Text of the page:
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# int vs. float in benchmark testing

 P: n/a Would adding .0 to each of the numbers below turn this into a floating point test? Seems too easy. def cpu_test(): import time start = time.time() x = 0 # 0.0 while x < 9999999: # 9999999.0 x = x + 1 # 1.0 print x print (time.time()-start)/60 cpu_test() Jul 18 '05 #1
6 Replies

 P: n/a Bart Nessux wrote: Would adding .0 to each of the numbers below turn this into a floating point test? Seems too easy. def cpu_test(): import time start = time.time() x = 0 # 0.0 while x < 9999999: # 9999999.0 x = x + 1 # 1.0 print x print (time.time()-start)/60 cpu_test() Uh, yes it would, as far as it goes, but are you sure you're learning something useful by doing so? Floats are always slower than ints, but you really shouldn't be concerned about speed anyway. The way to decide which to use is this: if you need floating point because you are doing math that involves fractional values, then use floating point. Otherwise use ints. End of story. No performance considerations in most code. -Peter Jul 18 '05 #2

 P: n/a Peter Hansen wrote: Bart Nessux wrote:Would adding .0 to each of the numbers below turn this into a floatingpoint test? Seems too easy.def cpu_test(): import time start = time.time() x = 0 # 0.0 while x < 9999999: # 9999999.0 x = x + 1 # 1.0 print x print (time.time()-start)/60cpu_test() Uh, yes it would, as far as it goes, but are you sure you're learning something useful by doing so? Uh, yes. We're benchmarking different processors. An IBM PPC 970 does things differently than an Intel P4. Running the same bit of Python code on both makes for an interesting comparison. Since processors handle ints and floats differently, it is useful for me to test them both. Jul 18 '05 #3

 P: n/a Bart Nessux wrote: Uh, yes. We're benchmarking different processors. An IBM PPC 970 does things differently than an Intel P4. Running the same bit of Python code on both makes for an interesting comparison. Since processors handle ints and floats differently, it is useful for me to test them both. Then why not get yourself some real benchmarks? Benchmarks are a tricky thing. Unless your real code is doing something that looks an awful lot like the above (looping and adding 1.0 to things a lot), it seems unlikely what you learn will really be what you wanted to learn. -Peter Jul 18 '05 #4

 P: n/a In article , Bart Nessux wrote: Peter Hansen wrote: Bart Nessux wrote:Would adding .0 to each of the numbers below turn this into a floatingpoint test? Seems too easy.def cpu_test(): import time start = time.time() x = 0 # 0.0 while x < 9999999: # 9999999.0 x = x + 1 # 1.0 print x print (time.time()-start)/60cpu_test() Uh, yes it would, as far as it goes, but are you sure you're learning something useful by doing so? Uh, yes. We're benchmarking different processors. An IBM PPC 970 does things differently than an Intel P4. Running the same bit of Python code on both makes for an interesting comparison. Since processors handle ints and floats differently, it is useful for me to test them both. I bet (significantly) more time is being spent in the python byte code processing machinery than the actual chip-level instructions performing the integer and floating point math, so your processor-differential results will be masked by that. Dave Jul 18 '05 #5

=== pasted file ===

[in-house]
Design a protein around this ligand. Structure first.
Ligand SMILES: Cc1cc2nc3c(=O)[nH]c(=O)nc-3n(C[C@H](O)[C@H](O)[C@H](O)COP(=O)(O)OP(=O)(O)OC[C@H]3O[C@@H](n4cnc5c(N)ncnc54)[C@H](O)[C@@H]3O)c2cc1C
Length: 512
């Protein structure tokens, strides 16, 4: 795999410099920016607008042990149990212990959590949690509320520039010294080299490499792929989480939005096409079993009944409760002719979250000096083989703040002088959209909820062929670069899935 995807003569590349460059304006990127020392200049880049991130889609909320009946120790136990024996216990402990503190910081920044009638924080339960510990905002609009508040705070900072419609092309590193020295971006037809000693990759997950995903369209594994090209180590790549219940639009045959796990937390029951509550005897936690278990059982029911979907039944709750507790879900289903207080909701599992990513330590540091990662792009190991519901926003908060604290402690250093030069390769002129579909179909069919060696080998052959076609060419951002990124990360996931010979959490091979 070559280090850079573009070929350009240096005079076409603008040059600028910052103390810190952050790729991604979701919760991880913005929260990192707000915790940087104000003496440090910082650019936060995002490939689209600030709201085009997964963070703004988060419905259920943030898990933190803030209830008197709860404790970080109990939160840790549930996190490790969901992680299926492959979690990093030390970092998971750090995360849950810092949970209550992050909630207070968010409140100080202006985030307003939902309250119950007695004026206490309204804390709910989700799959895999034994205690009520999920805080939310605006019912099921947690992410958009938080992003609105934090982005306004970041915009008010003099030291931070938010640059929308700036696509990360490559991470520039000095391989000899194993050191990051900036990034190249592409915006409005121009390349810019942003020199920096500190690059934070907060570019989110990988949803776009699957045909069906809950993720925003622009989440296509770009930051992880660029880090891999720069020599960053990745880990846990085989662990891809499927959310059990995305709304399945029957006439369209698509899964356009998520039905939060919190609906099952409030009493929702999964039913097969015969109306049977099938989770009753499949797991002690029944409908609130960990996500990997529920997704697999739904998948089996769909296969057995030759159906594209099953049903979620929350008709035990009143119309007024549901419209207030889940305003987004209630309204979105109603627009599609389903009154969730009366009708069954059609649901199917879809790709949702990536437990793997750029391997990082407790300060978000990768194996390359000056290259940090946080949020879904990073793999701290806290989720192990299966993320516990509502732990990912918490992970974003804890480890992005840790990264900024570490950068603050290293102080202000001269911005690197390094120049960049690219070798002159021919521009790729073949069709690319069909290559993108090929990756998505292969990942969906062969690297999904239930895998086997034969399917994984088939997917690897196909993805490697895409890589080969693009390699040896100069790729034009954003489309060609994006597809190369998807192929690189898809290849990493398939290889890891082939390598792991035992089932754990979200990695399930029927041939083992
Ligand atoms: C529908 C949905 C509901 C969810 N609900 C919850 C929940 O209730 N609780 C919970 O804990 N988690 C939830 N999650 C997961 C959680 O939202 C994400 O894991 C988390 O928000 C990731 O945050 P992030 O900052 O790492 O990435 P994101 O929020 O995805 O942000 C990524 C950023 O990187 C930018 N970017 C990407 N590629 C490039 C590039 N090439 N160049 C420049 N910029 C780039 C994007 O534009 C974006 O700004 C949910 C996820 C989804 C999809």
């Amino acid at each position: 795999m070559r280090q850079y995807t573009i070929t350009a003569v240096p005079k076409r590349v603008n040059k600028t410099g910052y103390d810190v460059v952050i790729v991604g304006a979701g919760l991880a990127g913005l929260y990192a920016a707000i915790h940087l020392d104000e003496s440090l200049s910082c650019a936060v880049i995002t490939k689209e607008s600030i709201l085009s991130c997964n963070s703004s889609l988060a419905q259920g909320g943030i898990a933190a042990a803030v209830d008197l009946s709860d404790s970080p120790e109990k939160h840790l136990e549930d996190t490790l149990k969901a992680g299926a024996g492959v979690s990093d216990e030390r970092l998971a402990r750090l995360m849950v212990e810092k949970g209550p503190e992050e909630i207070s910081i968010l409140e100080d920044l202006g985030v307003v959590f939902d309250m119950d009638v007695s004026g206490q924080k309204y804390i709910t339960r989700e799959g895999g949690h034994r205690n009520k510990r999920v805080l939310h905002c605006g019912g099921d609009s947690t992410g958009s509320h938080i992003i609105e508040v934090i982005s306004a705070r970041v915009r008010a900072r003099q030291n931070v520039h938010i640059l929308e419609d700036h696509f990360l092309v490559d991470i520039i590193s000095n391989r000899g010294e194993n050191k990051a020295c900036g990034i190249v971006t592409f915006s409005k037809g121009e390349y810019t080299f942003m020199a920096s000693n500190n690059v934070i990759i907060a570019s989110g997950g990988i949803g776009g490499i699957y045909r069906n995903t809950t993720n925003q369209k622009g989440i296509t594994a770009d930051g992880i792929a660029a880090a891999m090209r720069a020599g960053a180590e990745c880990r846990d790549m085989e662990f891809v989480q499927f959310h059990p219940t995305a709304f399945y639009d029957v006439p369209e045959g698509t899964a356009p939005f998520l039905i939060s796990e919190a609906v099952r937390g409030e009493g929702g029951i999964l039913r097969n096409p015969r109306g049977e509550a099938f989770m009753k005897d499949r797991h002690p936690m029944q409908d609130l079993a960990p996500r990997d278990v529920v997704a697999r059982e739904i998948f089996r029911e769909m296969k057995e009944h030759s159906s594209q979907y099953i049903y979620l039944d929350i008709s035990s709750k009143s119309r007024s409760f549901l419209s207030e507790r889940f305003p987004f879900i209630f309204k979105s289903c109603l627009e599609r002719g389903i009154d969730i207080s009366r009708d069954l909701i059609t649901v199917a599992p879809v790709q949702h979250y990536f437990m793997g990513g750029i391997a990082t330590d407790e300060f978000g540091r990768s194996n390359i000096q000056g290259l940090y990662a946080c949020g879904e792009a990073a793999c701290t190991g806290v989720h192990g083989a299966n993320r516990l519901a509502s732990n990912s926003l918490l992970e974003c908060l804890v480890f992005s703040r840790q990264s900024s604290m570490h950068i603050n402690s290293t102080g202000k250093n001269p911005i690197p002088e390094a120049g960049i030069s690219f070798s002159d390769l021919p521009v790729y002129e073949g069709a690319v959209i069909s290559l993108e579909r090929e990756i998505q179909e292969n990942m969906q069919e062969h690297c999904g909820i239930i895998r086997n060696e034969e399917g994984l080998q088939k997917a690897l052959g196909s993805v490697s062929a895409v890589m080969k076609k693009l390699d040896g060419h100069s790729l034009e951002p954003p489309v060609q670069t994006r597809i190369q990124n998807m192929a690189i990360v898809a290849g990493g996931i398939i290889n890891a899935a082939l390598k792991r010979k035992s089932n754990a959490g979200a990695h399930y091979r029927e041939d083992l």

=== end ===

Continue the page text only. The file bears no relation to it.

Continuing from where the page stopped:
P: n/a On Fri, 20 Feb 2004, Peter Hansen wrote: Bart Nessux wrote: Uh, yes. We're benchmarking different processors. An IBM PPC 970 does things differently than an Intel P4. Running the same bit of Python code on both makes for an interesting comparison. Since processors handle ints and floats differently, it is useful for me to test them both. Then why not get yourself some real benchmarks? Marc-Andre Lemburg's PyBench covers this sort thing. -- Andrew I MacIntyre "These thoughts are mine alone..." E-mail: an*****@bullseye.apana.org.au (pref) | Snail: PO Box 370 an*****@pcug.org.au (alt) | Belconnen ACT 2616 Web: http://www.andymac.org/ | Australia Jul 18 '05 #6

 P: n/a On Fri, 20 Feb 2004 09:53:04 -0500, Peter Hansen wrote: I think you'll mainly be benchmarking the 'print x' rather than the int/float comparison and int/float addition. Bart Nessux wrote: Would adding .0 to each of the numbers below turn this into a floating point test? Seems too easy. def cpu_test(): import time start = time.time() x = 0 # 0.0 while x < 9999999: # 9999999.0 x = x + 1 # 1.0 print x print (time.time()-start)/60 cpu_test()Uh, yes it would, as far as it goes, but are you sure you'relearning something useful by doing so? Floats are always slowerthan ints, but you really shouldn't be concerned about speedanyway.The way to decide which to use is this: if you need floatingpoint because you are doing math that involves fractional values,then use floating point. Otherwise use ints. End of story.No performance considerations in most code.-Peter Jul 18 '05 #7

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